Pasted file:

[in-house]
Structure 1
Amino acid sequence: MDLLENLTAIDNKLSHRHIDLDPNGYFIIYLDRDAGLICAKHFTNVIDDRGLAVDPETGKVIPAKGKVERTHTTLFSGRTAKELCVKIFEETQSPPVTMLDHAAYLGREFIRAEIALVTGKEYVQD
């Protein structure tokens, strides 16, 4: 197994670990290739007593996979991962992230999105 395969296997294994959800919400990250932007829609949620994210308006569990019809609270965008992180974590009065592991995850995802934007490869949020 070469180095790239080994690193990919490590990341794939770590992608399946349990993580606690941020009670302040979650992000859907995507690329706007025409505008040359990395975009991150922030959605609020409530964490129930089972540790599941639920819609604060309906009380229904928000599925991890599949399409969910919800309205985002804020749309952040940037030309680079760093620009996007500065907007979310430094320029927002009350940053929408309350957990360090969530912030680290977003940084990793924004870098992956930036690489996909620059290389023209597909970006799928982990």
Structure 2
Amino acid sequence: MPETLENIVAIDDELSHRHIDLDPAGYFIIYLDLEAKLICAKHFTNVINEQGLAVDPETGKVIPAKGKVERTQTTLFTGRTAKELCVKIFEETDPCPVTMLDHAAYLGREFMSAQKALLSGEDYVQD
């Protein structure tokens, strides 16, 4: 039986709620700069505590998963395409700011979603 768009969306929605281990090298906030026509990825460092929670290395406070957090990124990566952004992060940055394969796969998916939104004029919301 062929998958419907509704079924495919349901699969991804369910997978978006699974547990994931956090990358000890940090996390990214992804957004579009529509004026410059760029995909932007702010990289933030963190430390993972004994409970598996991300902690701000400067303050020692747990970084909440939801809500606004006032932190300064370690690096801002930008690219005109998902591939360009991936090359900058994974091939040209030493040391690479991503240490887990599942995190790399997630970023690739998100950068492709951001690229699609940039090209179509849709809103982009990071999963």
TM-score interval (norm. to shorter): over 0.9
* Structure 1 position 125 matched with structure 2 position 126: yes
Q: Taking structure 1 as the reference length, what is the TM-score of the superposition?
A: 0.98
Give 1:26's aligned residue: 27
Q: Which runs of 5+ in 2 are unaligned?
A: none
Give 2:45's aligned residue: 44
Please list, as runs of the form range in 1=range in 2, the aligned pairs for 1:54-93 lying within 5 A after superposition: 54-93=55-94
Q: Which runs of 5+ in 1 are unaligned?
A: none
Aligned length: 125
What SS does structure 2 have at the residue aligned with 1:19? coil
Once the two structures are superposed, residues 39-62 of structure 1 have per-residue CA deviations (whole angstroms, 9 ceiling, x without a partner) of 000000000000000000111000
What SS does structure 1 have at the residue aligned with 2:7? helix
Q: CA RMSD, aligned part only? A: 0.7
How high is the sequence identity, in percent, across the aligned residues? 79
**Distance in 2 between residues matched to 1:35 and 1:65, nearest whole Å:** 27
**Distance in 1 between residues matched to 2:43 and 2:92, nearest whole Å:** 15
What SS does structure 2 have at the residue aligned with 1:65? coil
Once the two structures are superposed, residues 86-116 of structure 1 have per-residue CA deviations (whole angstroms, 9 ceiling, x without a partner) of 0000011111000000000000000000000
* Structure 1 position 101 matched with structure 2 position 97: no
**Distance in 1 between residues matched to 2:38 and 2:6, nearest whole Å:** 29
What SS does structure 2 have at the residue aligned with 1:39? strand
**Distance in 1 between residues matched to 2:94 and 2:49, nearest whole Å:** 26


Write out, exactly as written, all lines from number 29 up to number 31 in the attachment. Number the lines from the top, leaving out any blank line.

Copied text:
* Structure 1 position 101 matched with structure 2 position 97: no
**Distance in 1 between residues matched to 2:38 and 2:6, nearest whole Å:** 29
What SS does structure 2 have at the residue aligned with 1:39? strand